Deputy Supervisor Dorothy Goosby invites residents to attend the Town of Hempstead Black History Month Celebration on Friday, February 24, 2023 at Hempstead Town Hall. Deputy Supervisor Goosby, the first African-American woman to serve on the Hempstead Town Board, has put together an incredible program that will celebrate, educate and inspire people of all ages and backgrounds.
The 2023 theme of Black History Month is “Black Resistance,” highlighting the struggle of African-Americans in fighting historic oppression throughout sit-ins, boycotts, walk-outs, strikes and more. The event will also focus on America’s ongoing battle against racism and bigotry throughout the nation.
“The Town of Hempstead Black History Month Celebration will pay homage to the struggle, activism and heroism of African Americans throughout history,” said Deputy Supervisor Goosby. “I invite all residents, especially families with young children, to attend our event on February 24th to hear incredible stories of our ancestors, culture and way of life.”
The town’s Black History Month Celebration will also include the presentation of Community Service Awards and the Rosa Parks Award, musical entertainment and a tribute the life and legacy of Rev. Dr. Calvin O. Butts III. Deputy Supervisor Goosby will also recognize the Montford Point Marines, the first African-Americans to join the U.S. Marine Corps. The event’s keynote speaker is Wilma Holmes Tootle of the Long Island Chapter of the National Coalition of 100 Black Women. Lastly, Deputy Supervisor Goosby will congratulate several African-American Town of Hempstead employees who have reached 25 years of service.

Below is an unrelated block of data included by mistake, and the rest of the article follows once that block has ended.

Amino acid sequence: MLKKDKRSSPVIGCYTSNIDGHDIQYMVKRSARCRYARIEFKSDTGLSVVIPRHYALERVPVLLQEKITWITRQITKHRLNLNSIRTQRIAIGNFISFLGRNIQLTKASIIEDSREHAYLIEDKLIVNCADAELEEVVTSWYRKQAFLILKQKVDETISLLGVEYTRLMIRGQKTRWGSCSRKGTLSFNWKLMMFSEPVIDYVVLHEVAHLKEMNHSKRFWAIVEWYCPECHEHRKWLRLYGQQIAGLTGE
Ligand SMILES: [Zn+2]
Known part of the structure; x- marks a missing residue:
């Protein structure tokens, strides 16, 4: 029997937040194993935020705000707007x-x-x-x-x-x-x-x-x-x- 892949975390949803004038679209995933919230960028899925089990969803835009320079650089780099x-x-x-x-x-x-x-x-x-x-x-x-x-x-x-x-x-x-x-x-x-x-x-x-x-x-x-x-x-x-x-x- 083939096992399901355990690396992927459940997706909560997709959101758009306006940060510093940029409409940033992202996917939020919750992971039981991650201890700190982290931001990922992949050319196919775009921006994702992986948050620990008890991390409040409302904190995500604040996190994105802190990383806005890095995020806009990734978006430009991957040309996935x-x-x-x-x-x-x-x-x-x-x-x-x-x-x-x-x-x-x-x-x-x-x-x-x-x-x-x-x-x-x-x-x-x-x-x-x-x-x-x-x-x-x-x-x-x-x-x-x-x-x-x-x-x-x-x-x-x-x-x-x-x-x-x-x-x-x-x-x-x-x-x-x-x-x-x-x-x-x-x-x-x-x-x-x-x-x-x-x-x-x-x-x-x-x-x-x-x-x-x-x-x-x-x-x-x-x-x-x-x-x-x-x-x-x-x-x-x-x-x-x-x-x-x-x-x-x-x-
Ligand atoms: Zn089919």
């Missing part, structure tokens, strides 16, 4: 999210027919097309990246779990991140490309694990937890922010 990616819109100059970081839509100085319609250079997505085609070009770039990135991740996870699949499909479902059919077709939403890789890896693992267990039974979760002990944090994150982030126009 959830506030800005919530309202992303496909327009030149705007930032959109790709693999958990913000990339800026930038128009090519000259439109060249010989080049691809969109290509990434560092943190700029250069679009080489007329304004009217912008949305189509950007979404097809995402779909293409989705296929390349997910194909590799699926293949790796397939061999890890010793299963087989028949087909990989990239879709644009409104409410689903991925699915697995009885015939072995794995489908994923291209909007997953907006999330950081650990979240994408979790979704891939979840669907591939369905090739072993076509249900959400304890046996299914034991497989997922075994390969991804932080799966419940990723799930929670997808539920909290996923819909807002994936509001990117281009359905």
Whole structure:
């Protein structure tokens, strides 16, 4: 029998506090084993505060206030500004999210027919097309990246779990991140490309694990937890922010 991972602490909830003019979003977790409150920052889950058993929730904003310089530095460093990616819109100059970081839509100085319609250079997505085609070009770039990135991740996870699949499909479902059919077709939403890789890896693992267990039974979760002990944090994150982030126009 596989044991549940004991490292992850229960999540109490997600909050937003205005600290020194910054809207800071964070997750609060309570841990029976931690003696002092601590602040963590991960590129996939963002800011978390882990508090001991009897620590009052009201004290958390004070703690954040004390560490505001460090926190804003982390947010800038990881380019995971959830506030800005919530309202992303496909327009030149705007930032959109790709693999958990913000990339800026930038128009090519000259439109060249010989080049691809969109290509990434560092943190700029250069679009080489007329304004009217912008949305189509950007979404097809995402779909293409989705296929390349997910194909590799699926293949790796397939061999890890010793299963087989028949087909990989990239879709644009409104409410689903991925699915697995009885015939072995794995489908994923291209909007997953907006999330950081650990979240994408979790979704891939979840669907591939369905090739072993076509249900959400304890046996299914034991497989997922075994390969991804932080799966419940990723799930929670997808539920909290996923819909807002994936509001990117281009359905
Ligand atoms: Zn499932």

Deputy Supervisor Goosby is not only the longest-serving member of the Hempstead Town Board, she is a civil rights icon in America’s largest township! As a private citizen in 1988, she filed a lawsuit against the Town of Hempstead, stating that its at-large voting system for electing town council members discriminated against African Americans and other minority groups who comprised a smaller percentage of the town’s population. Taking almost a decade to reach a verdict, in 1997 a federal judge ruled in favor of Goosby and her supporters. In 1999, Goosby ran for office and became the first African-American woman ever to serve on the Hempstead Town Council. As a result of Goosby’s lawsuit, six councilmanic districts were established over different geographical areas of the township. This allowed for more equal representation of African Americans and other minority groups in Town of Hempstead government. She has served the residents of Councilmanic District One – encompassing Hempstead, Lakeview, and Roosevelt as well as portions of Baldwin, Freeport, Lynbrook, Rockville Centre, Uniondale, and West Hempstead – since the founding of the district.
In October 2021, Supervisor Don Clavin and the Hempstead Town Board renamed Town Hall Plaza as Senior Councilwoman Dorothy L. Goosby Plaza (Senior Councilwoman was her title at the time), in recognition of her dedication to civil rights and to the residents of America’s largest township.
“The Town of Hempstead is one of the most diverse townships in America, and that is directly attributable to the civil rights activism of Deputy Supervisor Dorothy Goosby,” said Supervisor Clavin. “Because of her efforts, our township continues to be home to a growing population of people from different nations, cultures and backgrounds .. all of whom make our community a better place to live, work and raise a family.”
The Town of Hempstead African American History Celebration will begin at 5 PM on February 24th. You can also watch on the Town of Hempstead Facebook page.